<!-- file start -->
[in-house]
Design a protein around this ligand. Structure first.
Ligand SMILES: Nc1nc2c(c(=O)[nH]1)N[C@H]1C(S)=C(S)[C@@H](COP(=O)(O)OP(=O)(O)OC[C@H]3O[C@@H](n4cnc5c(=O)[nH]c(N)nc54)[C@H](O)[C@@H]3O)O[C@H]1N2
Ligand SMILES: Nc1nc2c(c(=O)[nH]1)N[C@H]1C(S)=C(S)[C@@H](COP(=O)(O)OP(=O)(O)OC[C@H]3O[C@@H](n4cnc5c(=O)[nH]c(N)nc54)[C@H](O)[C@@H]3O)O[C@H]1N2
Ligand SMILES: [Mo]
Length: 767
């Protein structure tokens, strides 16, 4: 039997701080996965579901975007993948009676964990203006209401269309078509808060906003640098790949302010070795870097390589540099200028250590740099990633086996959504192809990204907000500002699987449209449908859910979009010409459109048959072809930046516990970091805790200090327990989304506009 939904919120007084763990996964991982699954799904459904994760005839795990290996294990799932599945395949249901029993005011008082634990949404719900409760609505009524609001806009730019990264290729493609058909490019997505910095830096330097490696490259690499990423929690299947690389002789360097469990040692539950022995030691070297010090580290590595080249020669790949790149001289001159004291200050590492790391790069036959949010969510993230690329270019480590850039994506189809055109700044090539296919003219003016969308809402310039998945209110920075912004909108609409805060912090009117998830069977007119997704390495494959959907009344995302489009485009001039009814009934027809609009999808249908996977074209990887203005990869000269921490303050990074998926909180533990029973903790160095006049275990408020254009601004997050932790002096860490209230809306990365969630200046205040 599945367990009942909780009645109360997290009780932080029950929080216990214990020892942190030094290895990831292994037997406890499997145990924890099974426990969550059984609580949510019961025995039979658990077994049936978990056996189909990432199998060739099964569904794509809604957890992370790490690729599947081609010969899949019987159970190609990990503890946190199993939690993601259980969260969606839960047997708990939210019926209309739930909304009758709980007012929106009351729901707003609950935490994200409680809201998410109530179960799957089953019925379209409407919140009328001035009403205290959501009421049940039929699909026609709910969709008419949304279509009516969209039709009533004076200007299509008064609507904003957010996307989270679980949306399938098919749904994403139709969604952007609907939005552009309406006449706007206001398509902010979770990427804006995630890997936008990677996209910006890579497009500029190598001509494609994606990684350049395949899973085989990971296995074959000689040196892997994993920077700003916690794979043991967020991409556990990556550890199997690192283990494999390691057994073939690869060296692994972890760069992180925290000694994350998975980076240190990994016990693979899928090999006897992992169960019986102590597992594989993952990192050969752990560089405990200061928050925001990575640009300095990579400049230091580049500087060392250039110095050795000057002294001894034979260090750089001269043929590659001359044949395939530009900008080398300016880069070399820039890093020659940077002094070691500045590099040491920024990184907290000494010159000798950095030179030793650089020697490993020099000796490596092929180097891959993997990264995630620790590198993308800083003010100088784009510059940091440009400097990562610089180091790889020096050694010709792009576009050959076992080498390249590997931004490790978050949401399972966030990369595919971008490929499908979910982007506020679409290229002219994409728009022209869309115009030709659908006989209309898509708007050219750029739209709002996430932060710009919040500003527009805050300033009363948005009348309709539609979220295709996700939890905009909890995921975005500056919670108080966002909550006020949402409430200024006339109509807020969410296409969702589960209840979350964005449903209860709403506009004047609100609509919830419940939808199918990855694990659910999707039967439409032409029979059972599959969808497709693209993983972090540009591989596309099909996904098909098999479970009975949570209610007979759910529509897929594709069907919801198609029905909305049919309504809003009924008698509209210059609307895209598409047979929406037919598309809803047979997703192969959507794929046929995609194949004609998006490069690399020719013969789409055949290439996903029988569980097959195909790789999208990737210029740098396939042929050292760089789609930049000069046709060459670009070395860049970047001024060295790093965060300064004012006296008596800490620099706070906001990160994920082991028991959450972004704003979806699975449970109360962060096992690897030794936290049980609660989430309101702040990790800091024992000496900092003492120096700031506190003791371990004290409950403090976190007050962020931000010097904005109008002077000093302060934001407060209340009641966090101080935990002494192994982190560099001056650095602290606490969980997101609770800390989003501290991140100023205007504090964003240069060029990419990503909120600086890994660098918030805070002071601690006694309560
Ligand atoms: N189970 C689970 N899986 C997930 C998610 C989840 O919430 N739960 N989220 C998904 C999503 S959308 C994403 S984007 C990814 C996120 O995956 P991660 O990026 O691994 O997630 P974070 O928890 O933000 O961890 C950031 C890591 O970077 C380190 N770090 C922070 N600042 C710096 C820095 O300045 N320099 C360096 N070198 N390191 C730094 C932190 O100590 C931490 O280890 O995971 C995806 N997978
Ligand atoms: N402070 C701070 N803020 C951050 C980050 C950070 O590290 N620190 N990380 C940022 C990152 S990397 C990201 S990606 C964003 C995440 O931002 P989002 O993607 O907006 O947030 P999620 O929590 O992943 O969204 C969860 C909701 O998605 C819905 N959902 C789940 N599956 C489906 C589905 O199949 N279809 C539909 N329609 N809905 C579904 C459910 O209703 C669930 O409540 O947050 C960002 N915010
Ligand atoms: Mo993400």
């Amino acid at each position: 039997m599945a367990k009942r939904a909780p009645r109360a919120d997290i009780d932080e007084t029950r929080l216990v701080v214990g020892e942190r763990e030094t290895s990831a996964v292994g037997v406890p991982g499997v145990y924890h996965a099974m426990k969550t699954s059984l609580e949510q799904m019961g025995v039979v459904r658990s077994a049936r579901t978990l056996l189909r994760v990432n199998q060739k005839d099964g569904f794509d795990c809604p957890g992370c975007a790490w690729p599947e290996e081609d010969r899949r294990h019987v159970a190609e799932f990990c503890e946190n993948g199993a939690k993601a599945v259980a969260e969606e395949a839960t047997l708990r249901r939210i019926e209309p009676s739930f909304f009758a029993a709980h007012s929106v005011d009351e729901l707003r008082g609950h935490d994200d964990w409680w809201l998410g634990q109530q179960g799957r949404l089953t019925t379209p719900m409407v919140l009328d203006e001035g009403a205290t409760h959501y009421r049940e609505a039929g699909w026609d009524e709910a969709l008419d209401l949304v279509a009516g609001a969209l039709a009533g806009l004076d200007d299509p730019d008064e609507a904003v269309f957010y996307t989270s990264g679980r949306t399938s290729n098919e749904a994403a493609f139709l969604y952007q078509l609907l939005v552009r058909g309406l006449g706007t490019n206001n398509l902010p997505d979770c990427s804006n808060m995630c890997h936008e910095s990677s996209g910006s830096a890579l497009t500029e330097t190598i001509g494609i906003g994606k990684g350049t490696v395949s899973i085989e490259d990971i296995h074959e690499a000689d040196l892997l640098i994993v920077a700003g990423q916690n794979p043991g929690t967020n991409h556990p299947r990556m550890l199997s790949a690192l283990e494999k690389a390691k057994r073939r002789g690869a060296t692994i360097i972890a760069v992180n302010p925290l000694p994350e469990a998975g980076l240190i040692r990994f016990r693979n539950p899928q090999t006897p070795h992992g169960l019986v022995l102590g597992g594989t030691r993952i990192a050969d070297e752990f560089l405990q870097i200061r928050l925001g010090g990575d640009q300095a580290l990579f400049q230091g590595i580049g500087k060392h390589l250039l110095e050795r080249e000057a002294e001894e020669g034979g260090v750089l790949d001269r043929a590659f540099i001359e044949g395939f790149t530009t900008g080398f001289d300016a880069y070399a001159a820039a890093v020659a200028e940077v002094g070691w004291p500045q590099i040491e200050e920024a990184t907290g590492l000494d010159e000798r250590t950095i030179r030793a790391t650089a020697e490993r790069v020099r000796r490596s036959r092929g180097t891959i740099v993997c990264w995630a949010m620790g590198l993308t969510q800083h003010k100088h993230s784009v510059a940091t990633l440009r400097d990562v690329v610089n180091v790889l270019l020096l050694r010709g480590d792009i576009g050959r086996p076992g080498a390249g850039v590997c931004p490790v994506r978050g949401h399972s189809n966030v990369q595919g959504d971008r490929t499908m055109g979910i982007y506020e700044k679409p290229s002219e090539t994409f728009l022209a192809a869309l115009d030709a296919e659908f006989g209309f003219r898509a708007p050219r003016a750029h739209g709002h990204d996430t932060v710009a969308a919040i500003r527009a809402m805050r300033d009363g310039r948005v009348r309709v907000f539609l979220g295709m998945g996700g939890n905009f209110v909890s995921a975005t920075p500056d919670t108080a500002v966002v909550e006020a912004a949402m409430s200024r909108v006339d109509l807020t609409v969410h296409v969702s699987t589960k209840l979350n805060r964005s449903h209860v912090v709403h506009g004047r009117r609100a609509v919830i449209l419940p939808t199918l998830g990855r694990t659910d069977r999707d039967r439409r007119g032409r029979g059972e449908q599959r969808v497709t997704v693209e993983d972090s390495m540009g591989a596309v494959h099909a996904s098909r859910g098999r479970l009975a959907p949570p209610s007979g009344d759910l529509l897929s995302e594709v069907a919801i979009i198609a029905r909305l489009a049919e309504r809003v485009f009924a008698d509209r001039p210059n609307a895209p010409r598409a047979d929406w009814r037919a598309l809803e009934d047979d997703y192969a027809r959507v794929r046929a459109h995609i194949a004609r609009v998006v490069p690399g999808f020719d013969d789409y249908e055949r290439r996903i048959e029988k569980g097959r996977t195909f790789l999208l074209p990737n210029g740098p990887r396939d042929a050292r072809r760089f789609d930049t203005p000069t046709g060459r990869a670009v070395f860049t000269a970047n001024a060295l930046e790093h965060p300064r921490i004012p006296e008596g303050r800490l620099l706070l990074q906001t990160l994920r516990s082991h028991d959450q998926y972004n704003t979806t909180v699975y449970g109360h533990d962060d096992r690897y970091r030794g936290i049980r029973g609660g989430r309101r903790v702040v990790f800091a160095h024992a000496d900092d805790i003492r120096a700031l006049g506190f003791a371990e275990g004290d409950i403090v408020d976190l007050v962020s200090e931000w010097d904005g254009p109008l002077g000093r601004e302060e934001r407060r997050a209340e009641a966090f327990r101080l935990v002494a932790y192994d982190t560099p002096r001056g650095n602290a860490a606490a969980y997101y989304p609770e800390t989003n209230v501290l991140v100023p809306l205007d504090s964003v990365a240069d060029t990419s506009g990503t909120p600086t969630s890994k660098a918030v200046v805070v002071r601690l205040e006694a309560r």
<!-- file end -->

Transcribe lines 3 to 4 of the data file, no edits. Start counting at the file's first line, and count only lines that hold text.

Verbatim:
Ligand SMILES: Nc1nc2c(c(=O)[nH]1)N[C@H]1C(S)=C(S)[C@@H](COP(=O)(O)OP(=O)(O)OC[C@H]3O[C@@H](n4cnc5c(=O)[nH]c(N)nc54)[C@H](O)[C@@H]3O)O[C@H]1N2
Ligand SMILES: Nc1nc2c(c(=O)[nH]1)N[C@H]1C(S)=C(S)[C@@H](COP(=O)(O)OP(=O)(O)OC[C@H]3O[C@@H](n4cnc5c(=O)[nH]c(N)nc54)[C@H](O)[C@@H]3O)O[C@H]1N2